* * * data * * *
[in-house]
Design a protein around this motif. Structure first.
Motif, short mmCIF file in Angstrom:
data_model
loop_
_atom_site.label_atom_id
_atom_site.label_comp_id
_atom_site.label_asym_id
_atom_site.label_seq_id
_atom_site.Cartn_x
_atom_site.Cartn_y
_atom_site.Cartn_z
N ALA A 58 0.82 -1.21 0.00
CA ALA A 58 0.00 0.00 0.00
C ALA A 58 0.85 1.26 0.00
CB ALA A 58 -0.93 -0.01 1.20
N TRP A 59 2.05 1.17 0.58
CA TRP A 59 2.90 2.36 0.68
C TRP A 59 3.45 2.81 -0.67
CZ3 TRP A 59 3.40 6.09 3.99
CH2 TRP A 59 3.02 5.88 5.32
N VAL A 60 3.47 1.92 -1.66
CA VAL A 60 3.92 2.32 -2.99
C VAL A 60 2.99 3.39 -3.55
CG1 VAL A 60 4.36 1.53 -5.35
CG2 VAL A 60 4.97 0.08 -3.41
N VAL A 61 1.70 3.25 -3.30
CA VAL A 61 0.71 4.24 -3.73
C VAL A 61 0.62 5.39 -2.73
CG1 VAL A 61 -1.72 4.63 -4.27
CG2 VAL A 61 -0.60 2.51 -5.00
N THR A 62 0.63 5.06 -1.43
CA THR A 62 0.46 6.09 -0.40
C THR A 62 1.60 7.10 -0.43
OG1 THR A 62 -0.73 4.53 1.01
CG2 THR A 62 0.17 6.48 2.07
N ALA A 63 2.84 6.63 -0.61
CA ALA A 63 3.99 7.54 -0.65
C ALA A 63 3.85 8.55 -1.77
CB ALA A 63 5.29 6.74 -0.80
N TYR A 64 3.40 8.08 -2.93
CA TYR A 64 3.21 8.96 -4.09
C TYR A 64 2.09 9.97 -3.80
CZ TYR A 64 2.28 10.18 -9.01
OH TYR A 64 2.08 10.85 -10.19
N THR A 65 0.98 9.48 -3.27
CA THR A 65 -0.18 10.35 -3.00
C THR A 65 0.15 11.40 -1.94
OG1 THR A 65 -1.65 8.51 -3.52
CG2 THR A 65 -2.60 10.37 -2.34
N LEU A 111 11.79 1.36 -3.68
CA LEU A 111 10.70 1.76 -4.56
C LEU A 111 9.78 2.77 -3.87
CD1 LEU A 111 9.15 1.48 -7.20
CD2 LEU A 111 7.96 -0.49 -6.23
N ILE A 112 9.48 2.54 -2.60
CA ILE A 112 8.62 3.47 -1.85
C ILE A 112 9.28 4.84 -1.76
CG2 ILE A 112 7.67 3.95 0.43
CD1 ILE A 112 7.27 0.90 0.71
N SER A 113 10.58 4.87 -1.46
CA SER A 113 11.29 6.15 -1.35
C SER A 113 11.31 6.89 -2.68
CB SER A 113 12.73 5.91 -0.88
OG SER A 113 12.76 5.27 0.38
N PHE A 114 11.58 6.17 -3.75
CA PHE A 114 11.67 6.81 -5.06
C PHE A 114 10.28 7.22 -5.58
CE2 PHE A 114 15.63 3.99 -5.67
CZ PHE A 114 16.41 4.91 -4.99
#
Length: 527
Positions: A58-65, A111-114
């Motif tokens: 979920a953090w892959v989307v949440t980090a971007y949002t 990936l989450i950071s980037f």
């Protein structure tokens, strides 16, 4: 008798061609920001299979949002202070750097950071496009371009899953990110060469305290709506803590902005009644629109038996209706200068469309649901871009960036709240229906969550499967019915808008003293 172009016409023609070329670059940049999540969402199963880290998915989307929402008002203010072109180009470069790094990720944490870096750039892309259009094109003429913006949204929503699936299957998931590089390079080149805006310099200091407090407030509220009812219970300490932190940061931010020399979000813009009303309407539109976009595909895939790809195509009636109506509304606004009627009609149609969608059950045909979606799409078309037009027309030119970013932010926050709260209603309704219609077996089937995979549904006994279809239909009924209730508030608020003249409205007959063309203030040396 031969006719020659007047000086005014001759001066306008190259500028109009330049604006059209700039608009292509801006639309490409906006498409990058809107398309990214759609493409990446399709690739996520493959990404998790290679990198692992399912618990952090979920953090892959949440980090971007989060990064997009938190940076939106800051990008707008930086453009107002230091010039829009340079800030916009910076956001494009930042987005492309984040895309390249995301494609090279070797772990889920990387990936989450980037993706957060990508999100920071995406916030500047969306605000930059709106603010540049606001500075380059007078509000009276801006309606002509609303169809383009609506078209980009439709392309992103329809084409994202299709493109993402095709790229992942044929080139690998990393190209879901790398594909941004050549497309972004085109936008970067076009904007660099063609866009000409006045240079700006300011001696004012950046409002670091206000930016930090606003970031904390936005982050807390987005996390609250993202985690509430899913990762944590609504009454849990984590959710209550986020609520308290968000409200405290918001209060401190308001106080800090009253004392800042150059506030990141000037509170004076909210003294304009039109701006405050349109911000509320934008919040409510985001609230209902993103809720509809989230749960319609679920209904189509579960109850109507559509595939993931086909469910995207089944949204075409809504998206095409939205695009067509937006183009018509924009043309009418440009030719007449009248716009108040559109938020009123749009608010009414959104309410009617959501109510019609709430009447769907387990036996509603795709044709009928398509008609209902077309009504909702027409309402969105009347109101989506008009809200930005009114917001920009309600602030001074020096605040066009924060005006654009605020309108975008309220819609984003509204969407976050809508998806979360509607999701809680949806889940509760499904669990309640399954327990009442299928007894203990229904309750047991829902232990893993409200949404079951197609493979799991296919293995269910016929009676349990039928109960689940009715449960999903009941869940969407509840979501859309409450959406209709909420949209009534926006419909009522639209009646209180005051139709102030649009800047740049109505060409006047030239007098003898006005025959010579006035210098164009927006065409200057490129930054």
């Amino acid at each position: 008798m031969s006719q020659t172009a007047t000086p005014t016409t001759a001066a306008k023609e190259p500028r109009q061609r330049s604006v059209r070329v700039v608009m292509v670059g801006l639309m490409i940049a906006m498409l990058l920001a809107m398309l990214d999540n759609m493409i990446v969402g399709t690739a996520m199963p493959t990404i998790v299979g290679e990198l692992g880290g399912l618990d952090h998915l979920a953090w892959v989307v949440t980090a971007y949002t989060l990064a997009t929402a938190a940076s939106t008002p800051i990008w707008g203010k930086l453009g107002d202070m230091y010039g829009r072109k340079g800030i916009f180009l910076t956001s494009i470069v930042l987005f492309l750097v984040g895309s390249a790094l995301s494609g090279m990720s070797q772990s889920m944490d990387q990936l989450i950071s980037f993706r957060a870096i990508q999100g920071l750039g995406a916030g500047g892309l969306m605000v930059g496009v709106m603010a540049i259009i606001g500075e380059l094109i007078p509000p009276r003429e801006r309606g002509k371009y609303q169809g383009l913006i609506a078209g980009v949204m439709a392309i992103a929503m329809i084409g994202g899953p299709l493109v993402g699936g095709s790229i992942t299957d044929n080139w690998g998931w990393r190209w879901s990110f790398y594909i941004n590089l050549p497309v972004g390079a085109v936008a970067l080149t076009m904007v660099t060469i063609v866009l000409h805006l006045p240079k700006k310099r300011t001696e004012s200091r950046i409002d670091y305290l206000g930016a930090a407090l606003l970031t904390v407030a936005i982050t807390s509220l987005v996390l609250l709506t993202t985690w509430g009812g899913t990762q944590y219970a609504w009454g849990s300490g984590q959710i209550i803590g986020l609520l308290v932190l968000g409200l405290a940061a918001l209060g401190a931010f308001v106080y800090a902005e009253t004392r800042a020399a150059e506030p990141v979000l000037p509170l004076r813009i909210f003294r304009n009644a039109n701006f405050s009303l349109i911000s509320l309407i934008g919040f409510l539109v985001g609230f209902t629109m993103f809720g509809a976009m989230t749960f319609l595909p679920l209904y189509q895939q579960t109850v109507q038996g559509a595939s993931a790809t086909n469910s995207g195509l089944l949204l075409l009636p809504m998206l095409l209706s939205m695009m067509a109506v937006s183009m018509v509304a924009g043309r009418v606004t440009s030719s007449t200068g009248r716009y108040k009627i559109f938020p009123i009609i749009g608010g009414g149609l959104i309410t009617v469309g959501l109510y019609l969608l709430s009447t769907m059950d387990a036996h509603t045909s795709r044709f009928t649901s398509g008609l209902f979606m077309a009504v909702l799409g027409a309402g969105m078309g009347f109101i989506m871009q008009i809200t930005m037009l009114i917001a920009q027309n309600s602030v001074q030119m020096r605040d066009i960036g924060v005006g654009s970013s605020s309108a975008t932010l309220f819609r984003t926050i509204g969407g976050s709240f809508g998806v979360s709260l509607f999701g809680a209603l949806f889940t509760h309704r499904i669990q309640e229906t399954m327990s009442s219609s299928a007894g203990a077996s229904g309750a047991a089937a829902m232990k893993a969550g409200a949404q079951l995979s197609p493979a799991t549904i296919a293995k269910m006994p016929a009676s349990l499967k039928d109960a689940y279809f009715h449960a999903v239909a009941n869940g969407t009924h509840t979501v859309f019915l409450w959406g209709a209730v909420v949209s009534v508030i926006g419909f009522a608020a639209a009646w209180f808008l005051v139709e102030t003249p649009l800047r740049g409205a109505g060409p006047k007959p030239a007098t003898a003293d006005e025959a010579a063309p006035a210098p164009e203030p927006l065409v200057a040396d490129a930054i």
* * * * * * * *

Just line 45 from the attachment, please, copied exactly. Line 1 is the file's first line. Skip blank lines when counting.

OH TYR A 64 2.08 10.85 -10.19